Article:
Why the West Midlands Mayoral Election Matters, and How Can It Show Labour the Road Back to Power?

Cameron Beavan-King discusses the upcoming mayoral election in the West Midlands, the themes of Liam Byrne's campaign, and why it matters for Labour nationally. 

Four years ago, the West Midlands, covering Birmingham, Coventry, Wolverhampton, Walsall, Dudley, Sandwell, and Solihull, voted for never-knowingly under-photographed Conservative Andy Street to be the first Mayor of the West Midlands.  

If defeated in May by Labour’s former Chief Secretary to the Treasury Liam Byrne, then Street’s legacy will be one of just a few new miles of tram track in the city centre and the closing down of John Lewis’s flagship Birmingham store in New Street Station. The latter being particularly embarrassing for Street as the former Managing Director of John Lewis. Street has often argued that being a Conservative means he can do business with the Government to bring investment into the West Midlands. However, just last year transport spending per head in the West Midlands region was only £462 compared to £903 in London.

We can and must be more ambitious for our region. Birmingham and the West Midlands has a proud history of radical local government. At the close of the 19th Century, non-conformist preacher George Dawson espoused his Civic Gospel to his congregation in Birmingham. Amongst them the future Mayor of Birmingham Joseph Chamberlain.

Chamberlain transformed Birmingham through the municipalisation of private utilities, such as gas and water, not only to strengthen the city’s finances but to dramatically improve the provision of services to residents. He would invest in new public spaces, civic buildings, and services, which not only made Birmingham an attractive place to start a business but improved the social fabric that weaved the city together and encapsulated his view that local government was a ‘co-operative enterprise in which every citizen is a shareholder’. Birmingham would be proclaimed the ‘best-governed city in the world’.

If elected, Liam Byrne can take important steps to mandate Transport for the West Midlands to begin the process of decarbonising our network. We must also be ambitious in investing and developing the network; expanding the tram lines, and ensuring we have a true network rather than just a hub and spoke model connecting places to Birmingham New Street.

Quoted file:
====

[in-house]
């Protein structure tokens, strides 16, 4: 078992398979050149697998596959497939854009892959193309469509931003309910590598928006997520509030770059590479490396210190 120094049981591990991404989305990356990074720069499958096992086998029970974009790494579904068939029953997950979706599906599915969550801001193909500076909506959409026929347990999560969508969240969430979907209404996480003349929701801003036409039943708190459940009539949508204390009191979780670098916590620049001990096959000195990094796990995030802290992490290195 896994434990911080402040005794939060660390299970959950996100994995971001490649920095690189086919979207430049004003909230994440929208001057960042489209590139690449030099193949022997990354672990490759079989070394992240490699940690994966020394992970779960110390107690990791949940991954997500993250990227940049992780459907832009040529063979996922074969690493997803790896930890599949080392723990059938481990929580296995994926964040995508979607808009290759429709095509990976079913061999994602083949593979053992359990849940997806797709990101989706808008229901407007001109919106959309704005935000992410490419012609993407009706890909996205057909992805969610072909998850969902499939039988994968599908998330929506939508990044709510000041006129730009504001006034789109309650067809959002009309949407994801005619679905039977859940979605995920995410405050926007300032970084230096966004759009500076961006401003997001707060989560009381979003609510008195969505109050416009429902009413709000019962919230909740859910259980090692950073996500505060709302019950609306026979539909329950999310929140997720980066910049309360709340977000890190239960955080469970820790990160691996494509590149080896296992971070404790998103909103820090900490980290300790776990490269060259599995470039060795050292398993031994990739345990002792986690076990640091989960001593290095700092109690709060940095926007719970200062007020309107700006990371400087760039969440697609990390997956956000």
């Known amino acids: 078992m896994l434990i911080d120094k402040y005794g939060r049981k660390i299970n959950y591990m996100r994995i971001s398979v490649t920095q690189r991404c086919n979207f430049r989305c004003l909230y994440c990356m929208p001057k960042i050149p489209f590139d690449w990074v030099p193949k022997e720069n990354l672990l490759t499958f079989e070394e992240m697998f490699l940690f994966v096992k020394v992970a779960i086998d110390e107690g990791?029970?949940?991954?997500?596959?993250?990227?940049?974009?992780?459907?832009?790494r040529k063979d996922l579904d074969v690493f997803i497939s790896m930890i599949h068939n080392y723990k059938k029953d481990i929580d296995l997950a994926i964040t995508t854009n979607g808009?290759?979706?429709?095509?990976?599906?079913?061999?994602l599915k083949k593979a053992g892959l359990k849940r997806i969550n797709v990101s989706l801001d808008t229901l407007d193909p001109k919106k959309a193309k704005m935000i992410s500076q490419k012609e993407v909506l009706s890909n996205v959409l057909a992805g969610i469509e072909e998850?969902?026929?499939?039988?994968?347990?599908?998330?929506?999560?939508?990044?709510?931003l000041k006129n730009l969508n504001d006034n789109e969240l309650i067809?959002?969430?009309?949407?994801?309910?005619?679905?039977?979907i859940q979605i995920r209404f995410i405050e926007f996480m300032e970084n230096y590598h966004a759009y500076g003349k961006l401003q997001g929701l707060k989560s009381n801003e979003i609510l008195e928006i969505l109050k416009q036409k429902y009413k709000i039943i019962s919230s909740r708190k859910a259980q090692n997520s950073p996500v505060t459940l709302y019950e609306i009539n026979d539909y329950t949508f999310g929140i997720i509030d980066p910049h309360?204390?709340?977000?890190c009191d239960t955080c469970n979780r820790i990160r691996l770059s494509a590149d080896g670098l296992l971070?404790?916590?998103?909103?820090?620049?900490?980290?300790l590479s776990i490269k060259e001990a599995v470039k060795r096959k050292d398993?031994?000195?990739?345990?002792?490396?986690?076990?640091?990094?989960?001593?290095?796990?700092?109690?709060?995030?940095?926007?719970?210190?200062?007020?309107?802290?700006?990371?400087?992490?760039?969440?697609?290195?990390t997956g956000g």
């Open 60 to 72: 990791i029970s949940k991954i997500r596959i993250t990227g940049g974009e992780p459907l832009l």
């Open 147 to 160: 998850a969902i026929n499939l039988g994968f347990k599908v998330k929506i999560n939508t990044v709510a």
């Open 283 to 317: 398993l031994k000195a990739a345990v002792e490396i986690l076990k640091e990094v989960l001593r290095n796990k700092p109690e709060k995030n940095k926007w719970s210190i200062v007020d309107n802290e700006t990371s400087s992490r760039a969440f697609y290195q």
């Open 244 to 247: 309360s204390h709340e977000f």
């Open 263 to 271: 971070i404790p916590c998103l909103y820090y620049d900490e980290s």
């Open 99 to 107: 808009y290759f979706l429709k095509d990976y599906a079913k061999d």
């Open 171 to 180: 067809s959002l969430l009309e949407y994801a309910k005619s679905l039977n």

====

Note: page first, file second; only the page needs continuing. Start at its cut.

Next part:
With a Labour Mayor, we can create a new Office of Community Wealth Building to coordinate a procurement spend of twenty-five billion to boost social value and the local economy; a new West Midlands Peoples’ Bank to secure finance for small and medium-sized businesses and develop the new industries of the future, and a new Green Development Corporation to kickstart the construction of eco-council homes for an affordable rent and create good jobs that provide dignity for workers and their families. The West Midlands can lead the way to create shared prosperity and in a green and sustainable way.

In May, we have the opportunity in the West Midlands to set a new course; to unleash a new Civic Gospel and lead the Green Industrial Revolution. George Dawson said towns were solemn organisms, through which flow the highest ends of man’s moral nature. This is a moral endeavour of civic renewal to create a region that works for everyone. We live in difficult times but that only strengthens the need for bold and radical ideas. This agenda matters because it paves the road back to Downing Street.

There are twenty-eight constituencies covered by the West Midlands Combined Authority. In the last election, they split fourteen to both Labour and the Conservatives. Of those twenty-eight, five are Conservative-held with majorities of less than five thousand. They are all fallen bricks of the Red Wall.

If Liam Byrne wins, this won’t just be a victory for Labour in an urban metropolis; it will be a victory for Labour against an incumbent Conservative Mayor, and it will be a victory for Labour by appealing to former Labour voters in Wolverhampton, Walsall, and Dudley, who backed Boris Johnson last year. It will be a crucial test of Keir Starmer and one he cannot afford to fail if he wants to be the next Prime Minister.


Cameron Beavan-King is the Vice-Chair of the West Midlands Young Fabians. He tweets at @CamBeavanKing

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